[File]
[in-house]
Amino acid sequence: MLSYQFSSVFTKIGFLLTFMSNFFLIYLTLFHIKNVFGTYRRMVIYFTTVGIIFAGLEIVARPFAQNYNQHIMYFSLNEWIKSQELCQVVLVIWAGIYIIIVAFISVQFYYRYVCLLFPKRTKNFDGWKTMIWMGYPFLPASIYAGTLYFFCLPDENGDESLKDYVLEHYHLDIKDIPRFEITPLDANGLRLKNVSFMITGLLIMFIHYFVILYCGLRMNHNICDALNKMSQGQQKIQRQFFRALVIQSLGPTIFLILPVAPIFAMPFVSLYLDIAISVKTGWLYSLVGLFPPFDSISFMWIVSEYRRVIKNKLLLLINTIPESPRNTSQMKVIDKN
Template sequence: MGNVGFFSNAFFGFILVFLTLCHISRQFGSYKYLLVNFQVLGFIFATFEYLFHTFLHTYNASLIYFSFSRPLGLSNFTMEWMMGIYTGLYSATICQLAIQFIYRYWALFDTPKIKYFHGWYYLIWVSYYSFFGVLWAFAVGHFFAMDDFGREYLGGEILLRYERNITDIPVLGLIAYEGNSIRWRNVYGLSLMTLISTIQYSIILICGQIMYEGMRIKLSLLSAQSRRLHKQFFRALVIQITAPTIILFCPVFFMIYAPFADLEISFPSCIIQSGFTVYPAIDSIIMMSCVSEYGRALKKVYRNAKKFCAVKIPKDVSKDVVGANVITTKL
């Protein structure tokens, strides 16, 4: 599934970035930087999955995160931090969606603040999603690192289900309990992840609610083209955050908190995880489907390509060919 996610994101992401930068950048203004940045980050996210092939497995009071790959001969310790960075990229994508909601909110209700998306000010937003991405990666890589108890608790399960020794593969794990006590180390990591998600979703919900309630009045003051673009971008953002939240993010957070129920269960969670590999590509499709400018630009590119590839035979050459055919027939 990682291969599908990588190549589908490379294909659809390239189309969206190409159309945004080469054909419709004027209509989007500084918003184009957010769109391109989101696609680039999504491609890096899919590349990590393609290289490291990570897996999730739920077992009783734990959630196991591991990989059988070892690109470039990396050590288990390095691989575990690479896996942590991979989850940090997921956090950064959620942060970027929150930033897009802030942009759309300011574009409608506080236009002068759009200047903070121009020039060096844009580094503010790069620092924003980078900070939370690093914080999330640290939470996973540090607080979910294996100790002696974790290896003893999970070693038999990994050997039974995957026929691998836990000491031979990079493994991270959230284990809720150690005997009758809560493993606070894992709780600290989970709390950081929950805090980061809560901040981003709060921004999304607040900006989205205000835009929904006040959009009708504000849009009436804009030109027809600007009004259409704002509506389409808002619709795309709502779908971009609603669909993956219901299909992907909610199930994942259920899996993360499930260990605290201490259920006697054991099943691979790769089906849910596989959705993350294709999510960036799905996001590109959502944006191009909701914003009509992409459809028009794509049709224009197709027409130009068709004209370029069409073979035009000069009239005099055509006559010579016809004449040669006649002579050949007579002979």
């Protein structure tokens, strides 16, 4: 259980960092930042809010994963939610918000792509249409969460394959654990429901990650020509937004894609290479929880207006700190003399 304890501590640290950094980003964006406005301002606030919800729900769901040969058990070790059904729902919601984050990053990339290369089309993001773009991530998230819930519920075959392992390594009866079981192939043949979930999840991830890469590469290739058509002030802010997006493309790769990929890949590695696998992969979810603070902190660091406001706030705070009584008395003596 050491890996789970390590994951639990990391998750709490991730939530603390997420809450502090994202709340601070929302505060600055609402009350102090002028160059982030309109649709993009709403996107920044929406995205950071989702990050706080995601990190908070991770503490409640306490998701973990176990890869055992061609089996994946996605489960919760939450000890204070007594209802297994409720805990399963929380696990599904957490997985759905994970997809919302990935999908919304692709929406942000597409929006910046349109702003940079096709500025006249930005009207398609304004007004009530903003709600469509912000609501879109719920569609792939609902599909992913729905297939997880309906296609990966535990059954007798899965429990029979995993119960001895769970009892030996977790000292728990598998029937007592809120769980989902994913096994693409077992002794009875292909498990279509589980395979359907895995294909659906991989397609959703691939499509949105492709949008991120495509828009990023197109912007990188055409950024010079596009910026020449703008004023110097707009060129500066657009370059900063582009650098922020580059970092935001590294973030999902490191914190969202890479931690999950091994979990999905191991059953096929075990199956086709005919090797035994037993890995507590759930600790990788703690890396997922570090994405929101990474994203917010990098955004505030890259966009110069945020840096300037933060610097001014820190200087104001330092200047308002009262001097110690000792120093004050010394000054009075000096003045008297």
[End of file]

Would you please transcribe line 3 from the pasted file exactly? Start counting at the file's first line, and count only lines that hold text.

Template sequence: MGNVGFFSNAFFGFILVFLTLCHISRQFGSYKYLLVNFQVLGFIFATFEYLFHTFLHTYNASLIYFSFSRPLGLSNFTMEWMMGIYTGLYSATICQLAIQFIYRYWALFDTPKIKYFHGWYYLIWVSYYSFFGVLWAFAVGHFFAMDDFGREYLGGEILLRYERNITDIPVLGLIAYEGNSIRWRNVYGLSLMTLISTIQYSIILICGQIMYEGMRIKLSLLSAQSRRLHKQFFRALVIQITAPTIILFCPVFFMIYAPFADLEISFPSCIIQSGFTVYPAIDSIIMMSCVSEYGRALKKVYRNAKKFCAVKIPKDVSKDVVGANVITTKL